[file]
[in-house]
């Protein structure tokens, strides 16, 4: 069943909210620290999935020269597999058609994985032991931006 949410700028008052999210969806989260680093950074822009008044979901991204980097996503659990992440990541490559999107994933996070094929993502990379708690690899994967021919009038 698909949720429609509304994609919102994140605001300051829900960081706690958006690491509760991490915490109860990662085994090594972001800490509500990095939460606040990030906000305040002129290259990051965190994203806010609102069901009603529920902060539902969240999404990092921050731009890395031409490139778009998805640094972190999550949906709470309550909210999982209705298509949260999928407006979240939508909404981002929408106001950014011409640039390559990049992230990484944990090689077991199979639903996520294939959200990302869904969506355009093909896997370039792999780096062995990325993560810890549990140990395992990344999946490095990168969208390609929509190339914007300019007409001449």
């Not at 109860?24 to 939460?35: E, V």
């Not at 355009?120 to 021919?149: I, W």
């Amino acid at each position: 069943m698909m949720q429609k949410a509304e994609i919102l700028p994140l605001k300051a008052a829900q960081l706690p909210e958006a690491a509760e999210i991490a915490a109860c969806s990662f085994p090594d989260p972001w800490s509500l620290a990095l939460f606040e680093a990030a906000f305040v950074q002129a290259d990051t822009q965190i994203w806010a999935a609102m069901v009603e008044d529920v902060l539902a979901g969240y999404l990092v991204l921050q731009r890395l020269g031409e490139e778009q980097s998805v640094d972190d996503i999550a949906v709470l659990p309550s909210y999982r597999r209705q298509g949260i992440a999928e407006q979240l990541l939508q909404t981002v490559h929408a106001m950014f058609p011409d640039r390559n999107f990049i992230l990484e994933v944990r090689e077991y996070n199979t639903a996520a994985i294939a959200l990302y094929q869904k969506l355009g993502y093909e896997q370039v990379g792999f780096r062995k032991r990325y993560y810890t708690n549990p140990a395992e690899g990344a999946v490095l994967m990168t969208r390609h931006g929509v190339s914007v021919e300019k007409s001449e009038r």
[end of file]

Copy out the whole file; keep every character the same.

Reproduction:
[in-house]
């Protein structure tokens, strides 16, 4: 069943909210620290999935020269597999058609994985032991931006 949410700028008052999210969806989260680093950074822009008044979901991204980097996503659990992440990541490559999107994933996070094929993502990379708690690899994967021919009038 698909949720429609509304994609919102994140605001300051829900960081706690958006690491509760991490915490109860990662085994090594972001800490509500990095939460606040990030906000305040002129290259990051965190994203806010609102069901009603529920902060539902969240999404990092921050731009890395031409490139778009998805640094972190999550949906709470309550909210999982209705298509949260999928407006979240939508909404981002929408106001950014011409640039390559990049992230990484944990090689077991199979639903996520294939959200990302869904969506355009093909896997370039792999780096062995990325993560810890549990140990395992990344999946490095990168969208390609929509190339914007300019007409001449």
């Not at 109860?24 to 939460?35: E, V």
């Not at 355009?120 to 021919?149: I, W």
């Amino acid at each position: 069943m698909m949720q429609k949410a509304e994609i919102l700028p994140l605001k300051a008052a829900q960081l706690p909210e958006a690491a509760e999210i991490a915490a109860c969806s990662f085994p090594d989260p972001w800490s509500l620290a990095l939460f606040e680093a990030a906000f305040v950074q002129a290259d990051t822009q965190i994203w806010a999935a609102m069901v009603e008044d529920v902060l539902a979901g969240y999404l990092v991204l921050q731009r890395l020269g031409e490139e778009q980097s998805v640094d972190d996503i999550a949906v709470l659990p309550s909210y999982r597999r209705q298509g949260i992440a999928e407006q979240l990541l939508q909404t981002v490559h929408a106001m950014f058609p011409d640039r390559n999107f990049i992230l990484e994933v944990r090689e077991y996070n199979t639903a996520a994985i294939a959200l990302y094929q869904k969506l355009g993502y093909e896997q370039v990379g792999f780096r062995k032991r990325y993560y810890t708690n549990p140990a395992e690899g990344a999946v490095l994967m990168t969208r390609h931006g929509v190339s914007v021919e300019k007409s001449e009038r």